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Is “Protecting Your Peace” Culture Glamorizing Loneliness?

Are you "cutting off toxic people" or avoiding health conflict resolution?

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After the millennial “girlboss” and its associated culture were exposed as being a one-way ticket to unfulfillment and burnout in 2020, we gradually entered a new era of prioritizing peace. Gen Z workers began quitting their jobs without a backup plan, and Kim Cattrall embodied the sentiment of the moment when she said: “I don’t want to be in a situation for even an hour where I’m not enjoying myself.” With the phrase “protect your peace” (which currently has over 150 million views on TikTok as a hashtag) being thrown around online, you’d think it would inspire people to spend more time with friends and family, right? Unfortunately, that is not the case, as many of us are just “peacekeeping” ourselves — away from each other, and our communities at large.

It goes without saying that encouraging people to cut off or distance themselves from toxic or abusive dynamics will always be good advice. “Cutting off” culture, however, instead encourages complete isolation. There are those who have essentially cut off all of their friends to “focus on themselves.” Additionally, there are people who have “protected their peace” so much that all they do is “work, workout, and go to bed at 9 p.m.” This has bled into dating culture at large, too, where young people are encouraged to partake in a game of who can care less. On TikTok, dating advice includes not texting first and ghosting in the middle of a conversation; no matter whether you abide by these dubious rules, it’s easy to fall victim to the self-centered behavior of others — something that can only be avoided by opting out altogether. While “protecting your peace” generally means giving yourself time to focus on what makes you feel happy and healthy, it seems that we’ve forgotten that our relationships play a large role in this.

In January, there was a TikTok trend that went viral for exposing the loneliness that can come from “protecting your peace” too much — aka cutting off all your friends in the pursuit of self-improvement. “When I protected my peace a little too hard and now I have 2 friends and 0 hoes and I only leave the house for school and work and go to bed at 7:30,” one creator wrote. Another shared that they “haven't made a single friend in a year” and have “never been to a party.” Writer Dana White likens this to a rebrand gone wrong, Tweeting in January: “The rebranding of emotional unavailability and conflict avoidance as ‘peace’ has to be contributing to widespread loneliness as much as it’s preventing radical community.”

With thousands of people relating to the experience of the pursuit of peace leading to isolation, the TikTok trend touched on today’s epidemic of loneliness, something that was only heightened by the pandemic. In fact, Gen Z is the loneliest generation so far (and is being labeled a “sexless generation”), with 19 percent of 16 to 24-year-olds “often” or “always” feeling lonely according to a recent report. This is also a major health issue, with social isolation significantly increasing a person’s risk of premature death from all causes, rivaling the risks of smoking or obesity.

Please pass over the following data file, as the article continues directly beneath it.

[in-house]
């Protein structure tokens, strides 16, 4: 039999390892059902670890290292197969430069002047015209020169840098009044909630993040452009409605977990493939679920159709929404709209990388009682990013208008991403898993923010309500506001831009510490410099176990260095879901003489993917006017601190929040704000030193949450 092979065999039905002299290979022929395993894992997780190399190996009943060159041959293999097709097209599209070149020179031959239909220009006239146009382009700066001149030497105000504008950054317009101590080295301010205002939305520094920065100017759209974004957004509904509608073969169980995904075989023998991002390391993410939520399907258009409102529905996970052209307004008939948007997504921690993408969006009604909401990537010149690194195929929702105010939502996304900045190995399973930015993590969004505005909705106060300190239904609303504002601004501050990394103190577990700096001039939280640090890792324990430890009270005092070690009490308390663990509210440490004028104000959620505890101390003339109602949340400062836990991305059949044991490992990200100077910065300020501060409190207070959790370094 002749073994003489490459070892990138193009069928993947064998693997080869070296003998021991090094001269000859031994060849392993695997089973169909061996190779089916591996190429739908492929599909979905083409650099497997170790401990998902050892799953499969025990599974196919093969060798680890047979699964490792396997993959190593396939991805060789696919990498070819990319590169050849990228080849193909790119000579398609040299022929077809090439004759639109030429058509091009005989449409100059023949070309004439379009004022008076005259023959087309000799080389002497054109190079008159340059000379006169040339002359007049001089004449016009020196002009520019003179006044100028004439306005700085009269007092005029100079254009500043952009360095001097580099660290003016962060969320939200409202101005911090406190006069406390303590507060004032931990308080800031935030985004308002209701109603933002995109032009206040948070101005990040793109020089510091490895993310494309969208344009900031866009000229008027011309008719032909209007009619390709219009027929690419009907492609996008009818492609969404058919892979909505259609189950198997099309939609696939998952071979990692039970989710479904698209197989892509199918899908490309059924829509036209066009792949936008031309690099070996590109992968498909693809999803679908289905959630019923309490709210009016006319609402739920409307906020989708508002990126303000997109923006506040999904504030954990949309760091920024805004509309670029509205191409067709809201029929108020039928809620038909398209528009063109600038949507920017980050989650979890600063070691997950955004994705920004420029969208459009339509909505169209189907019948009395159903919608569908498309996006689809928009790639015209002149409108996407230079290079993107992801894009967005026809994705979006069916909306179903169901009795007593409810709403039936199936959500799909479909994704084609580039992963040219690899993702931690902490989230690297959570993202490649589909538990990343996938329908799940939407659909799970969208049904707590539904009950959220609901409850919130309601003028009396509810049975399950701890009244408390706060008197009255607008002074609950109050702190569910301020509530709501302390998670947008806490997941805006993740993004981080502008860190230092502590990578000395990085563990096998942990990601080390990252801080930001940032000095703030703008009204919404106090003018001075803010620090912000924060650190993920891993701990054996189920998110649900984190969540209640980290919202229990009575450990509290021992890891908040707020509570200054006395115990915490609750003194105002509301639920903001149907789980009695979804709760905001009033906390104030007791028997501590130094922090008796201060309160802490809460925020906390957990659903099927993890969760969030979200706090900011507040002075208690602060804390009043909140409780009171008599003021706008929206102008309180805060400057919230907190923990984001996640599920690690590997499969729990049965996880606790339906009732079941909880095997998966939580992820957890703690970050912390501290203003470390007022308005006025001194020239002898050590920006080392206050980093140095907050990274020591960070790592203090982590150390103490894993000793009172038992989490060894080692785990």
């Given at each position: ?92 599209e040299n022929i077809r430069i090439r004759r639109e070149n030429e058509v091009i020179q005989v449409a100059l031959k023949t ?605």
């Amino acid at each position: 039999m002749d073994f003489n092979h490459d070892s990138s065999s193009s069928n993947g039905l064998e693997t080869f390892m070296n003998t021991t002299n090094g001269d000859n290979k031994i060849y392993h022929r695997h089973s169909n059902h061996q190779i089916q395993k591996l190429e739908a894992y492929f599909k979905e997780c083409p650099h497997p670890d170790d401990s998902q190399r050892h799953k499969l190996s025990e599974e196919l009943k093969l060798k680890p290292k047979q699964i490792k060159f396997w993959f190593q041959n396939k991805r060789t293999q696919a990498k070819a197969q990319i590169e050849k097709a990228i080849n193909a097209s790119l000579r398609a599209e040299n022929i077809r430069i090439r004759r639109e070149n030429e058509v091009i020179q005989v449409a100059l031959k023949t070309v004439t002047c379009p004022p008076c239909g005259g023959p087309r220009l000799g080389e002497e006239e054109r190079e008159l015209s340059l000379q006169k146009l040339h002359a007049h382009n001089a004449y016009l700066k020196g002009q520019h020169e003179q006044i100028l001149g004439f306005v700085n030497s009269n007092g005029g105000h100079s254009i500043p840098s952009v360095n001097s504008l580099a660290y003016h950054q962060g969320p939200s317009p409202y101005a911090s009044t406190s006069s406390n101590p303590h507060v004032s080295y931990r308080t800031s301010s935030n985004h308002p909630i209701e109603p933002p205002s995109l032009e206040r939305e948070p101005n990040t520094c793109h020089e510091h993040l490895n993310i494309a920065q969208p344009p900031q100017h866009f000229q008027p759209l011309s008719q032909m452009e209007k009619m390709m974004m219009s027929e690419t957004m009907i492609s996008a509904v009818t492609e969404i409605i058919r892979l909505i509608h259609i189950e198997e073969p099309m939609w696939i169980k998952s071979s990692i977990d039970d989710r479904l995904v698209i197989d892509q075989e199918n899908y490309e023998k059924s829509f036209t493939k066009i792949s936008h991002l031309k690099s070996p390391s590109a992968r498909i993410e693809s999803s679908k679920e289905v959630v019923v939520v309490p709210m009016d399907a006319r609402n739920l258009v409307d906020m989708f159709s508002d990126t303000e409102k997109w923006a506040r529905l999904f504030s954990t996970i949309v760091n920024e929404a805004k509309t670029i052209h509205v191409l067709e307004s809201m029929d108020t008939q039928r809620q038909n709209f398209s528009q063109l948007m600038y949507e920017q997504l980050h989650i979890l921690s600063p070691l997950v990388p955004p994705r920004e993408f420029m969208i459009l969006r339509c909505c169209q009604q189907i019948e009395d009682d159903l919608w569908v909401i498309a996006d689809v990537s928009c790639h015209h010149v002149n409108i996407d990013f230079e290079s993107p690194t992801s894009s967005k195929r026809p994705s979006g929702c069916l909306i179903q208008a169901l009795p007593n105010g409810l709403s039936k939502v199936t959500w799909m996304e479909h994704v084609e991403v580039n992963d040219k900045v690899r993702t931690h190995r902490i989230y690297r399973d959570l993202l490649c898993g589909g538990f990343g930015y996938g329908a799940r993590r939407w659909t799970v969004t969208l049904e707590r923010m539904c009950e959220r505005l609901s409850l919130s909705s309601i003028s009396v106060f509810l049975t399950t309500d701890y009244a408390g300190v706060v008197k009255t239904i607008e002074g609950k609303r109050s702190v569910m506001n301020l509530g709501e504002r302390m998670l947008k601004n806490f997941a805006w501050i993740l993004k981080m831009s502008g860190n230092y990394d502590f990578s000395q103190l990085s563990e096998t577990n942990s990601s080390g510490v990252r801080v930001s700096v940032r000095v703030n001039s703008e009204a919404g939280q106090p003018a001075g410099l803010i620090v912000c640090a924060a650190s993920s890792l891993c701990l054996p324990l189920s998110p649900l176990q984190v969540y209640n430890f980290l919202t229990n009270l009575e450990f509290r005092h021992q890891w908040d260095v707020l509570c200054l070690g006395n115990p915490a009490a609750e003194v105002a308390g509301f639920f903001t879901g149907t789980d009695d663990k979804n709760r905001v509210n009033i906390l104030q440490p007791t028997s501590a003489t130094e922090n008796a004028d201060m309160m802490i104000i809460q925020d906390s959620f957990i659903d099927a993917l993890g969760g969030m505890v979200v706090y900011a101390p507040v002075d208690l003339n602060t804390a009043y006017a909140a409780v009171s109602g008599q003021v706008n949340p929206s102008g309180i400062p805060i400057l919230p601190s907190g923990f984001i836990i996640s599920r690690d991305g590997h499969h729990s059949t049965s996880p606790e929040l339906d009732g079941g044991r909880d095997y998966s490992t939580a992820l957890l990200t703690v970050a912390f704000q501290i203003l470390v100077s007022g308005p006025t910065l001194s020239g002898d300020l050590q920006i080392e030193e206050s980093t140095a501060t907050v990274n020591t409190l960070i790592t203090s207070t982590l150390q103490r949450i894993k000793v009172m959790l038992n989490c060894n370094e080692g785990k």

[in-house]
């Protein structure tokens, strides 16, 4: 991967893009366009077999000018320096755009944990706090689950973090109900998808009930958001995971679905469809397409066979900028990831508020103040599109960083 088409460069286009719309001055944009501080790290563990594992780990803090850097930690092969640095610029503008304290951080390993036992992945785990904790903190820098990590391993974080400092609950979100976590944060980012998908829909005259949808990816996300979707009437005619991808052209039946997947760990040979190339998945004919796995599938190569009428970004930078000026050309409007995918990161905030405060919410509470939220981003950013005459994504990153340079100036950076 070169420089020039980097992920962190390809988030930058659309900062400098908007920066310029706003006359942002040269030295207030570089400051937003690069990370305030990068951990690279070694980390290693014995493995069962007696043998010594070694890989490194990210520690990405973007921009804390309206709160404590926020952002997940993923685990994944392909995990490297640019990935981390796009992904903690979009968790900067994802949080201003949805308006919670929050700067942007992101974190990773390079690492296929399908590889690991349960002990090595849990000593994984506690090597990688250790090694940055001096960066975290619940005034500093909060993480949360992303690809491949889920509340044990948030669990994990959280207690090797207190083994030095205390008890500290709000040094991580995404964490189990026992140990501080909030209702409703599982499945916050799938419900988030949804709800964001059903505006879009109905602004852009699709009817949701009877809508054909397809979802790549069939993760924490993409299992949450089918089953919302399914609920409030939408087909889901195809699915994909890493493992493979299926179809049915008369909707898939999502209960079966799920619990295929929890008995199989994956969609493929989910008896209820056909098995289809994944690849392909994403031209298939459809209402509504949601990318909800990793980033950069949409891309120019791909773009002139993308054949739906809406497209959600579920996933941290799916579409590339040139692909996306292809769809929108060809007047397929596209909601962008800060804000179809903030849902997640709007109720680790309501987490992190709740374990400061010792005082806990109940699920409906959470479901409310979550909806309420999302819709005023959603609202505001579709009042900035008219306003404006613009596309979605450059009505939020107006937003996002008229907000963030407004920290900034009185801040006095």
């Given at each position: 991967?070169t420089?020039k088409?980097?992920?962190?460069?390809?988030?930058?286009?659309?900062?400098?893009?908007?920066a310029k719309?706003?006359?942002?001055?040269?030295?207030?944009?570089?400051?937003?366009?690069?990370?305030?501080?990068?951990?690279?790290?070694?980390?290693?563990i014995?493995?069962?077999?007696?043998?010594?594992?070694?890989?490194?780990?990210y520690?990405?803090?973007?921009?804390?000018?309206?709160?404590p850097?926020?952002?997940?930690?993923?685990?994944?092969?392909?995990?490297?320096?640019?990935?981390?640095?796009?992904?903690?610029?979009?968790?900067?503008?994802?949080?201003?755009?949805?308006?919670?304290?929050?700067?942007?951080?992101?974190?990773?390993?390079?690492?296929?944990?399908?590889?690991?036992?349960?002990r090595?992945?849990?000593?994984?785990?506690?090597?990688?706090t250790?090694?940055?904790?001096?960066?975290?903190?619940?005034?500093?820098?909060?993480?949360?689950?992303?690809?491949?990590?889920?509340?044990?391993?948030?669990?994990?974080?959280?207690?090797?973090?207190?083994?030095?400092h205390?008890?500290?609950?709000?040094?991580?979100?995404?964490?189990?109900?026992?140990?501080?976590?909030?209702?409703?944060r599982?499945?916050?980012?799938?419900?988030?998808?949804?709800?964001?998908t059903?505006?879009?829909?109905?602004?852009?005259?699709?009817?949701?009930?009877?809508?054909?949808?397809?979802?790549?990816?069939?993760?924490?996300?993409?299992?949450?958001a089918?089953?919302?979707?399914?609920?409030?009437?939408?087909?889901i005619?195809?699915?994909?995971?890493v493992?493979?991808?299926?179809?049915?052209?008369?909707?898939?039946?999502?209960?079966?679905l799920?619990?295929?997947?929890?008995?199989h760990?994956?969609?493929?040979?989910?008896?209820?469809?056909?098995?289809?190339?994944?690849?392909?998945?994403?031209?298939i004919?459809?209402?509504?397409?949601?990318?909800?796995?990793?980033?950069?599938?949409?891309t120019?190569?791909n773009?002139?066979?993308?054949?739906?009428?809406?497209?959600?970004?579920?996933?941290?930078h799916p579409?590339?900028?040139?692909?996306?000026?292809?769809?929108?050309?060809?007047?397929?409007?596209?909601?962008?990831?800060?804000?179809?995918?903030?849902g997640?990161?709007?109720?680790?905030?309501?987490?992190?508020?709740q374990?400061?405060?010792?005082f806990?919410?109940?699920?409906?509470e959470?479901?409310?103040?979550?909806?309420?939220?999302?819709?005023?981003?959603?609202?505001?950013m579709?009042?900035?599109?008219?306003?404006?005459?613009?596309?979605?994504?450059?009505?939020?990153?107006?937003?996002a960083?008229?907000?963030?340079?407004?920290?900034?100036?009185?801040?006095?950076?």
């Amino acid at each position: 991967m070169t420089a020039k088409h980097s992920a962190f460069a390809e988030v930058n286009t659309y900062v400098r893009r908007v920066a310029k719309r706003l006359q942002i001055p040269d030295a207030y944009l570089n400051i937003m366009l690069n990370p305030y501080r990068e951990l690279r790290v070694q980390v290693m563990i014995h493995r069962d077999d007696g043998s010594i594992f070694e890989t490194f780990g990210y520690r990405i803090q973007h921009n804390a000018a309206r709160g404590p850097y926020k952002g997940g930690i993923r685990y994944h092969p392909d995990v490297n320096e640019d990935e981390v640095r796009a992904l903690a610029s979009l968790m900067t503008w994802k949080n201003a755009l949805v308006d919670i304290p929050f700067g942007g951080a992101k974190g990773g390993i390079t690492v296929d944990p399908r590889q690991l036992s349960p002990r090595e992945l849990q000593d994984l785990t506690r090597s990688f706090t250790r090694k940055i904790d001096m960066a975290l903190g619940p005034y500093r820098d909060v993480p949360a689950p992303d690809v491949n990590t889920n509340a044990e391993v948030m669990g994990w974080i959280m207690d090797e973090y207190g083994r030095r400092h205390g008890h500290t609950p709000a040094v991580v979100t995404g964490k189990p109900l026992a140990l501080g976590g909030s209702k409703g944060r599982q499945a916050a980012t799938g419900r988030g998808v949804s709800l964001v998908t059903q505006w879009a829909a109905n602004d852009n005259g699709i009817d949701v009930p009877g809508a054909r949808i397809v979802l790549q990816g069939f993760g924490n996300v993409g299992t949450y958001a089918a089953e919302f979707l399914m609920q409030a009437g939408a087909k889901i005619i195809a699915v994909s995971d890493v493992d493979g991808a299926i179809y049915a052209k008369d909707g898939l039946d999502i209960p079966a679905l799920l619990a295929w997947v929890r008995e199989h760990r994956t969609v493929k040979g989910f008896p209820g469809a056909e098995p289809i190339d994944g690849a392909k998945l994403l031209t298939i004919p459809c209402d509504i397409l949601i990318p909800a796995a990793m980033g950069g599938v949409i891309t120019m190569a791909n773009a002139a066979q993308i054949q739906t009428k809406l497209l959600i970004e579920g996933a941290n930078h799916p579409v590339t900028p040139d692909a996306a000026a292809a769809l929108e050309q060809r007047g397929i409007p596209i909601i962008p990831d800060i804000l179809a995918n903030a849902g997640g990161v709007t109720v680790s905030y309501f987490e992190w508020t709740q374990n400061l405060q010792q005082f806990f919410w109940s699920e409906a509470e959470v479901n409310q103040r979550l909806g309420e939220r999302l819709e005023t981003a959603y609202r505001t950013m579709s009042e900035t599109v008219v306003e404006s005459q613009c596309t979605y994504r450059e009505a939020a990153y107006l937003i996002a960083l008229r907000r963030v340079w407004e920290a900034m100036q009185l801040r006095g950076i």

“Protect your peace” culture is also taking place against a backdrop of rampant individualism, where simple friendship activities are deemed as “emotional labor” — just think of the viral “I’m at capacity” tweet in 2019. With this in mind, the search for inner peace has become a competition rooted in toxic wellness ideology. Instead of setting up boundaries with our bosses so that we can have more time with loved ones, for instance, it can be easy to fall into the trap of avoiding healthy conflict resolution altogether. It can also easily become an excuse not to participate in the highs and lows of friendships or romantic relationships in favor of having more time to be “that girl” (hitting the gym at 5 a.m. and skipping dinner plans to stay home and prep overnight oats).

In Eric Barker’s recently released book, Plays Well with Others: The Surprising Science Behind Why Everything You Know About Relationships Is (Mostly) Wrong, he writes: “Don’t show up for work, and you know your boss will fire you, but what calls for the ending of a friendship is often idiosyncratic.” In other words, our relationships often deserve as much leeway to invade our peace (aka require our “emotional labor”) as we allow our workplaces to do. After all, the purpose of friendship is to provide community, love, and support for one another.

While we could all use a little more peace in our lives, chances are it won’t be found through a goop-ified search for self-improvement at any cost. It also won’t be found if we continue to portray isolation for the sake of productivity as a badge of honor (hello girlboss culture repackaged). As Carl Cederström and André Spicer put it in their book The Wellness Syndrome, “Obsessively tracking our wellness, while continuously finding new avenues of self-enhancement, leaves little room to live.” Instead, there’s peace to be found in fostering genuine connections with those around us. A stillness that can come from doing something you love with your family or turning off your phone to truly focus on listening to a friend.

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